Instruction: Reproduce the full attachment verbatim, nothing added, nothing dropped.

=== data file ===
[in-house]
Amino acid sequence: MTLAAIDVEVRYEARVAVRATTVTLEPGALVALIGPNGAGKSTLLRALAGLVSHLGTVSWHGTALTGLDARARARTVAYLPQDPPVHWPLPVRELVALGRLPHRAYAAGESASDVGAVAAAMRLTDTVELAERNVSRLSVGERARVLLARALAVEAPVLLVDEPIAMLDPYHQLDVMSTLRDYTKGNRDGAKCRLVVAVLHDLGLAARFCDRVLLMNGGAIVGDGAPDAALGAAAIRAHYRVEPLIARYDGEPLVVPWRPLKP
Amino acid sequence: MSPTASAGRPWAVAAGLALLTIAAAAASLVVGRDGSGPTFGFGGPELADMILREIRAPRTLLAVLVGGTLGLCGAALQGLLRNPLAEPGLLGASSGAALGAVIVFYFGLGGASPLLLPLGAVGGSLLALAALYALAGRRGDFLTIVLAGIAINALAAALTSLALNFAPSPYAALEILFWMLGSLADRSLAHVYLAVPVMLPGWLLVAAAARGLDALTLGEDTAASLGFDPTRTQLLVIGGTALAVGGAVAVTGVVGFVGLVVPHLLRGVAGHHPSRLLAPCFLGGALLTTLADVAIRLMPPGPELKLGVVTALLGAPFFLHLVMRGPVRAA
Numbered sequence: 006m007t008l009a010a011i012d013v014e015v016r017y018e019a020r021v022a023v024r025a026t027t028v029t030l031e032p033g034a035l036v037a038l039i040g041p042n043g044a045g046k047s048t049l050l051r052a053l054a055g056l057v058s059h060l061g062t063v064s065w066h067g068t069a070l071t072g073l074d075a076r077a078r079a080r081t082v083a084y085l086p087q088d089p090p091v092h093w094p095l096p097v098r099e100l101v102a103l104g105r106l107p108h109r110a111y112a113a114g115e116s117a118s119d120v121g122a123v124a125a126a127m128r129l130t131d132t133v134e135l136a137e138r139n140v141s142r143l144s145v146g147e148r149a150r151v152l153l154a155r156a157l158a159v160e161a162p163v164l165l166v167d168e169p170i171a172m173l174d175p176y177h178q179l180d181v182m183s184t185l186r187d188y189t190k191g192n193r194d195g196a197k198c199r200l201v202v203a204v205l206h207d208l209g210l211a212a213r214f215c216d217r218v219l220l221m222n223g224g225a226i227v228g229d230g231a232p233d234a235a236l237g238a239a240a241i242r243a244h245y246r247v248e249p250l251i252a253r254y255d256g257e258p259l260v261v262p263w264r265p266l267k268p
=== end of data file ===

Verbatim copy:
[in-house]
Amino acid sequence: MTLAAIDVEVRYEARVAVRATTVTLEPGALVALIGPNGAGKSTLLRALAGLVSHLGTVSWHGTALTGLDARARARTVAYLPQDPPVHWPLPVRELVALGRLPHRAYAAGESASDVGAVAAAMRLTDTVELAERNVSRLSVGERARVLLARALAVEAPVLLVDEPIAMLDPYHQLDVMSTLRDYTKGNRDGAKCRLVVAVLHDLGLAARFCDRVLLMNGGAIVGDGAPDAALGAAAIRAHYRVEPLIARYDGEPLVVPWRPLKP
Amino acid sequence: MSPTASAGRPWAVAAGLALLTIAAAAASLVVGRDGSGPTFGFGGPELADMILREIRAPRTLLAVLVGGTLGLCGAALQGLLRNPLAEPGLLGASSGAALGAVIVFYFGLGGASPLLLPLGAVGGSLLALAALYALAGRRGDFLTIVLAGIAINALAAALTSLALNFAPSPYAALEILFWMLGSLADRSLAHVYLAVPVMLPGWLLVAAAARGLDALTLGEDTAASLGFDPTRTQLLVIGGTALAVGGAVAVTGVVGFVGLVVPHLLRGVAGHHPSRLLAPCFLGGALLTTLADVAIRLMPPGPELKLGVVTALLGAPFFLHLVMRGPVRAA
Numbered sequence: 006m007t008l009a010a011i012d013v014e015v016r017y018e019a020r021v022a023v024r025a026t027t028v029t030l031e032p033g034a035l036v037a038l039i040g041p042n043g044a045g046k047s048t049l050l051r052a053l054a055g056l057v058s059h060l061g062t063v064s065w066h067g068t069a070l071t072g073l074d075a076r077a078r079a080r081t082v083a084y085l086p087q088d089p090p091v092h093w094p095l096p097v098r099e100l101v102a103l104g105r106l107p108h109r110a111y112a113a114g115e116s117a118s119d120v121g122a123v124a125a126a127m128r129l130t131d132t133v134e135l136a137e138r139n140v141s142r143l144s145v146g147e148r149a150r151v152l153l154a155r156a157l158a159v160e161a162p163v164l165l166v167d168e169p170i171a172m173l174d175p176y177h178q179l180d181v182m183s184t185l186r187d188y189t190k191g192n193r194d195g196a197k198c199r200l201v202v203a204v205l206h207d208l209g210l211a212a213r214f215c216d217r218v219l220l221m222n223g224g225a226i227v228g229d230g231a232p233d234a235a236l237g238a239a240a241i242r243a244h245y246r247v248e249p250l251i252a253r254y255d256g257e258p259l260v261v262p263w264r265p266l267k268p